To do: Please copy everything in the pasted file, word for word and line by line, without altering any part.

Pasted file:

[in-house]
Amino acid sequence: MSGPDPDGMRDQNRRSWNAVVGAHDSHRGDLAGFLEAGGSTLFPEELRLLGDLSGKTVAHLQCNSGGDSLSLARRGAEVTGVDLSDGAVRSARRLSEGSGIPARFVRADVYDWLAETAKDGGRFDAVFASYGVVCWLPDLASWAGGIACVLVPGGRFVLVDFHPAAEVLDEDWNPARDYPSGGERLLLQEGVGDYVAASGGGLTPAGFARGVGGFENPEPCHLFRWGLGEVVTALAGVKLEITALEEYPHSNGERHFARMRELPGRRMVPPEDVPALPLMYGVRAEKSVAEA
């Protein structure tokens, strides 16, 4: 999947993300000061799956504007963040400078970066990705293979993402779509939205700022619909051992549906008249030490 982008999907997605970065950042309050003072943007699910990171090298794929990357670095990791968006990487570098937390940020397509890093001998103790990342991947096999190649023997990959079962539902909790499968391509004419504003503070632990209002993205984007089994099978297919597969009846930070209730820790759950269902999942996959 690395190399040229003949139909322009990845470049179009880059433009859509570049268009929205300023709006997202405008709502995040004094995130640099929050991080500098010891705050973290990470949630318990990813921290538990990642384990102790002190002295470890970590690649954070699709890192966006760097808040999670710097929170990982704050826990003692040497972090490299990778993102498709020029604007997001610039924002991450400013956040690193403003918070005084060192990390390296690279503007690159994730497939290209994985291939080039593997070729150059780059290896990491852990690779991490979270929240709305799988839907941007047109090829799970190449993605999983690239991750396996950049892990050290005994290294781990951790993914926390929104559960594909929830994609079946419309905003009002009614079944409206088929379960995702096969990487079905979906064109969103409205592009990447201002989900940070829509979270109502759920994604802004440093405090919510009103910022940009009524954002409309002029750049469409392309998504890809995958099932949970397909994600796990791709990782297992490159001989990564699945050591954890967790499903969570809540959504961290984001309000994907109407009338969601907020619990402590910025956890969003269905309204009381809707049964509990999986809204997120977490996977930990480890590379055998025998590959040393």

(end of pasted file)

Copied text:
[in-house]
Amino acid sequence: MSGPDPDGMRDQNRRSWNAVVGAHDSHRGDLAGFLEAGGSTLFPEELRLLGDLSGKTVAHLQCNSGGDSLSLARRGAEVTGVDLSDGAVRSARRLSEGSGIPARFVRADVYDWLAETAKDGGRFDAVFASYGVVCWLPDLASWAGGIACVLVPGGRFVLVDFHPAAEVLDEDWNPARDYPSGGERLLLQEGVGDYVAASGGGLTPAGFARGVGGFENPEPCHLFRWGLGEVVTALAGVKLEITALEEYPHSNGERHFARMRELPGRRMVPPEDVPALPLMYGVRAEKSVAEA
């Protein structure tokens, strides 16, 4: 999947993300000061799956504007963040400078970066990705293979993402779509939205700022619909051992549906008249030490 982008999907997605970065950042309050003072943007699910990171090298794929990357670095990791968006990487570098937390940020397509890093001998103790990342991947096999190649023997990959079962539902909790499968391509004419504003503070632990209002993205984007089994099978297919597969009846930070209730820790759950269902999942996959 690395190399040229003949139909322009990845470049179009880059433009859509570049268009929205300023709006997202405008709502995040004094995130640099929050991080500098010891705050973290990470949630318990990813921290538990990642384990102790002190002295470890970590690649954070699709890192966006760097808040999670710097929170990982704050826990003692040497972090490299990778993102498709020029604007997001610039924002991450400013956040690193403003918070005084060192990390390296690279503007690159994730497939290209994985291939080039593997070729150059780059290896990491852990690779991490979270929240709305799988839907941007047109090829799970190449993605999983690239991750396996950049892990050290005994290294781990951790993914926390929104559960594909929830994609079946419309905003009002009614079944409206088929379960995702096969990487079905979906064109969103409205592009990447201002989900940070829509979270109502759920994604802004440093405090919510009103910022940009009524954002409309002029750049469409392309998504890809995958099932949970397909994600796990791709990782297992490159001989990564699945050591954890967790499903969570809540959504961290984001309000994907109407009338969601907020619990402590910025956890969003269905309204009381809707049964509990999986809204997120977490996977930990480890590379055998025998590959040393």